Colorado formally introduced Mike MacIntyre as its newest head coach on Monday afternoon.
"I feel very blessed and honored to be the head coach at the University of Colorado," said MacIntyre.
MacIntyre was hired to mirror the success he cultivated at San Jose State. In 2010 he took over a program that had registered just two winning seasons since 1993 and went 2-10 in the year before his arrival. The Spartans went 1-12 in MacIntyre's first year, jumped to 5-7 in 2011 and leaped to 10-2 and the school's first BCS ranking this fall.
MacIntyre inherits a program that went 1-11 this fall, lost eight games by 25 points or more and ranked 94th or lower in 13 of the 17 official statistics tracked by the NCAA.
MacIntyre thinks he is just the man for the job, citing his turnaround of the San Jose State program on the field and in the classroom, boosting the team's APR from 930 to 981 during his tenure.
"If you get to know me, you're going to say one thing about Mike MacIntyre: He has passion," he explained.
MacIntyre said he plans on bringing a lot of his assistants with him to Boulder, and mentioned defensive line coach Jim Jeffocat by name. Jeffcoat was a finalist for the 2012 FootballScoop Defensive Line Coach of the Year award.
Like any head coach taking over a 1-11 program, MacIntyre knows the path to success lies in recruiting. He referenced the growing demographics of the state of Colorado and also noted that California is home to over 1,000 high schools and just seven FBS schools. "We're going to treat California like it's in-state," said MacIntyre.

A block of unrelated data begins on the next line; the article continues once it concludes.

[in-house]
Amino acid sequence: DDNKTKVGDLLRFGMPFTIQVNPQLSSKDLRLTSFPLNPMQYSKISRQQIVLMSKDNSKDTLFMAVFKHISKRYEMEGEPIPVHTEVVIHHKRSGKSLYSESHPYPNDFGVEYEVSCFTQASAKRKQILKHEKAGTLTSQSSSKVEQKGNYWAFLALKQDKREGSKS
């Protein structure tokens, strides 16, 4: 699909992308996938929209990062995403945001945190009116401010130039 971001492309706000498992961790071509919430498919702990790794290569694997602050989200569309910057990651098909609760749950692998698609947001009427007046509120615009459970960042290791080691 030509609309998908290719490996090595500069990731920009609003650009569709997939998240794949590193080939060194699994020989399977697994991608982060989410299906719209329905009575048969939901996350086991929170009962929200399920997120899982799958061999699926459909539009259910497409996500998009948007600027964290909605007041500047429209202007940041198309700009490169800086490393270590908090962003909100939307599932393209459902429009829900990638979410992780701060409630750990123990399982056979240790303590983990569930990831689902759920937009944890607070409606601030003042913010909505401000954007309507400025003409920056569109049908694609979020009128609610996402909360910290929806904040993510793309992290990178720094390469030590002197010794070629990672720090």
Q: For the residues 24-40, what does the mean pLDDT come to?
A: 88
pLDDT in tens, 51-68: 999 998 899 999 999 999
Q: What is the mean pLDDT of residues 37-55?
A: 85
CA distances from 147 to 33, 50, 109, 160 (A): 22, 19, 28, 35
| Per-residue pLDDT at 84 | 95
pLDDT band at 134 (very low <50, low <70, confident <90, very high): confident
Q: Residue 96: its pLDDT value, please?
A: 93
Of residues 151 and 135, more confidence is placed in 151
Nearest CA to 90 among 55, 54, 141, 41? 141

MacIntyre touted his recruiting skill on a personal level, saying of his wife, "From the look of her, you can tell I can recruit. She told me no three times before she went on a date with me."
MacIntyre will be paid $10 million over five years, and was assured of a high-level of commitment from the CU administration. There are many similarities between his old job and new job to MacIntyre, including the task of entering a new conference while battling back from extended periods without sustained success.
"When I was growing up and playing ball, Colorado was special," said MacIntyre. "I definitely think they can get there again."